The Public Health Protection Unit of Greater Glasgow NHS Board have been investigating a case of pulmonary tuberculosis in a member of staff at a nursery in the Greater Glasgow area. As soon as the case was suspected the member of staff was excluded from contact with the children. Unusual features of the case have meant that pulmonary tuberculosis has only just been confirmed. The patient is on treatment and is expected to make a complete recovery. The closest contacts of this person, those thought to be most at risk of catching this infection, have already been screened with satisfactory results. On a precautionary basis we are arranging for all children who were on the roll and attending the nursery from August to end December 2002, to be screened for evidence of infection. Reassuringly, a similar screening exercise undertaken in a Glasgow nursery school in 2002 did not reveal any cases. Notes for editors: There are around 200 cases of TB each year in the Greater Glasgow area and more than 400 each year across Scotland. What is Tuberculosis (TB)? TB is an infection caused by a germ, which usually affects the lungs but can also develop in other parts of the body, such as the kidney or glands. It is not a common disease but if it is not discovered and treated, then it can be serious. How do you catch it? You may catch TB if you are in prolonged contact with someone who is coughing up TB germs. You would need to have close prolonged contact with the person to become infected. Although prolonged contact does not necessarily indicate that you have contracted the infection. You cannot contract TB by sharing the same dishes and household items and you cannot carry the TB germ back to your own family if you yourself have had contact with a TB case and have no symptoms.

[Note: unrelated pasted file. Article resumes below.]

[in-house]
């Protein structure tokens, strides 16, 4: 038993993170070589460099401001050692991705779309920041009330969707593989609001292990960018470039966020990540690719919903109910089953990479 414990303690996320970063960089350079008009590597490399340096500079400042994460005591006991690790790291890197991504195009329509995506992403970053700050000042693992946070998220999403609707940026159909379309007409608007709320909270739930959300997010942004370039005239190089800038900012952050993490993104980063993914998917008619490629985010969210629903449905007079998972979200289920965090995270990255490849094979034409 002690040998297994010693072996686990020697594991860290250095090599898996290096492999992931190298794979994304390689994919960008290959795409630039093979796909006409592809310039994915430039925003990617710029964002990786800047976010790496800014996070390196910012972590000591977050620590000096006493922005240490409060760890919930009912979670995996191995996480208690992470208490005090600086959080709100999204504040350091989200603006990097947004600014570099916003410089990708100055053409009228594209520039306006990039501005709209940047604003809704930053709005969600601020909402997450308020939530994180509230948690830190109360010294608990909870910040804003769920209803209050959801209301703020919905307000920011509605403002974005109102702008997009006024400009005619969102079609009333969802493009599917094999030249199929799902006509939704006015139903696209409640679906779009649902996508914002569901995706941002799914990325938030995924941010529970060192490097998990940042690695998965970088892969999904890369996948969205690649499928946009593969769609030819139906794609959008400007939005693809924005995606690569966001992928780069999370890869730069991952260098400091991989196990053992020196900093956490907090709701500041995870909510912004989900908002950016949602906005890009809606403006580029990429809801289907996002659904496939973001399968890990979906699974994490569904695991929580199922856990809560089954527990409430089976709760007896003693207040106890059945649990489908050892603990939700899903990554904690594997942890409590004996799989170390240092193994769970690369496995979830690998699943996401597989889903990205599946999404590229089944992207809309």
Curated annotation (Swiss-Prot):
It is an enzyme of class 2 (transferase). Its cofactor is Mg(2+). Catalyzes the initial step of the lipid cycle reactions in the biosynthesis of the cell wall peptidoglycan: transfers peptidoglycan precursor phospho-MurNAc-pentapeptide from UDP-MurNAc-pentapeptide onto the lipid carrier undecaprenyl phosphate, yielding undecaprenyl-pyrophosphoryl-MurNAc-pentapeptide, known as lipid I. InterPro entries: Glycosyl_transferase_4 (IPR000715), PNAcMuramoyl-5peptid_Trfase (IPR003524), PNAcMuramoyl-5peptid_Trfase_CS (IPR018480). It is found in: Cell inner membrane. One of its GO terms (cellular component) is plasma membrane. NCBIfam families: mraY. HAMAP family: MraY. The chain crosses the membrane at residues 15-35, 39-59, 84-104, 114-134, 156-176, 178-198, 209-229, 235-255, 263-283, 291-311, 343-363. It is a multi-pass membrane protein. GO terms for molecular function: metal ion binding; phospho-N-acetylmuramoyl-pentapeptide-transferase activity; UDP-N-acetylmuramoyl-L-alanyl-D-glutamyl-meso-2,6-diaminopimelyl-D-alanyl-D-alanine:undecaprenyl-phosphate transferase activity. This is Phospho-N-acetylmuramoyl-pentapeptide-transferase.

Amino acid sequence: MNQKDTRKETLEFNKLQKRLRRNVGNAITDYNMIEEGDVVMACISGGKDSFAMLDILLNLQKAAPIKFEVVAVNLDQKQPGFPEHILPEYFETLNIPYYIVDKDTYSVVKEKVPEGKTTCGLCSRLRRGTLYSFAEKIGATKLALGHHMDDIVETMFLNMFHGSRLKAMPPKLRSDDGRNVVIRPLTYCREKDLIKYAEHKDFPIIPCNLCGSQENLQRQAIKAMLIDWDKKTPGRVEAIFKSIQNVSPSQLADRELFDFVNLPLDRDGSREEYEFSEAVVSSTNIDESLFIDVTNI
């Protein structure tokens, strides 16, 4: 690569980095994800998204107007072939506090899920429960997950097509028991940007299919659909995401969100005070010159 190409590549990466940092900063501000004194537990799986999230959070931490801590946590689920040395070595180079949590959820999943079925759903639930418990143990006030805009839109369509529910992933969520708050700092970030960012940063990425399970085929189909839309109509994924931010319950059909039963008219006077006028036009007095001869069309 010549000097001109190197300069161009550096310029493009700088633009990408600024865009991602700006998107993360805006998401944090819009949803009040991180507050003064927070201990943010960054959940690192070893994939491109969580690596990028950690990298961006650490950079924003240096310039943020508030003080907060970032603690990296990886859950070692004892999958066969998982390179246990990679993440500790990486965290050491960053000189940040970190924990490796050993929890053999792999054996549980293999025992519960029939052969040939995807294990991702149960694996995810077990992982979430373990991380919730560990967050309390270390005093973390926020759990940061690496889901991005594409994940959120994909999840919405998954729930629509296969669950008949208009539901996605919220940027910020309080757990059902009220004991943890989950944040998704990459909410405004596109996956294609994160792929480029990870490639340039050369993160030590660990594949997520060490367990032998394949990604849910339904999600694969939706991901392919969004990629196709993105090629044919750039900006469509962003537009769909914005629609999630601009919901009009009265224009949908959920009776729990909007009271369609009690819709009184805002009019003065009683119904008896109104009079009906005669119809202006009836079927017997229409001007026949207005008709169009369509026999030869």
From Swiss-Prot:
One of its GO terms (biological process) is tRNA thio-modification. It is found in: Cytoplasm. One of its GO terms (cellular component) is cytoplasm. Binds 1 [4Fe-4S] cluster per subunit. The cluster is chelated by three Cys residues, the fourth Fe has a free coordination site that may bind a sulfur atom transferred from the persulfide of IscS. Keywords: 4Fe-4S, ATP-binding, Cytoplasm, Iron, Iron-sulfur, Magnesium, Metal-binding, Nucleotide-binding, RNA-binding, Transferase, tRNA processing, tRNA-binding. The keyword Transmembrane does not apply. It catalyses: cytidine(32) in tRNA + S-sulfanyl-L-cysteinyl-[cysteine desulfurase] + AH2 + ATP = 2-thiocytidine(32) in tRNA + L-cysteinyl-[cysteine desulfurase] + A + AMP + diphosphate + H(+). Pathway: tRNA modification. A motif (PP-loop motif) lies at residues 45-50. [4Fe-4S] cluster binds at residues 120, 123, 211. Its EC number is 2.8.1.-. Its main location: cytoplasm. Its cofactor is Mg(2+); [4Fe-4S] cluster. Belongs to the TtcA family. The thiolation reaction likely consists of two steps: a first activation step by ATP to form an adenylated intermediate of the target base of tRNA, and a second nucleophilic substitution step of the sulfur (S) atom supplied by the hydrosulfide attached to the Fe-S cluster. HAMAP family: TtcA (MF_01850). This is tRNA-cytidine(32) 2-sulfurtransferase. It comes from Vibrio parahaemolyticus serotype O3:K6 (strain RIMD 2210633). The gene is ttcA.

What are the symptoms?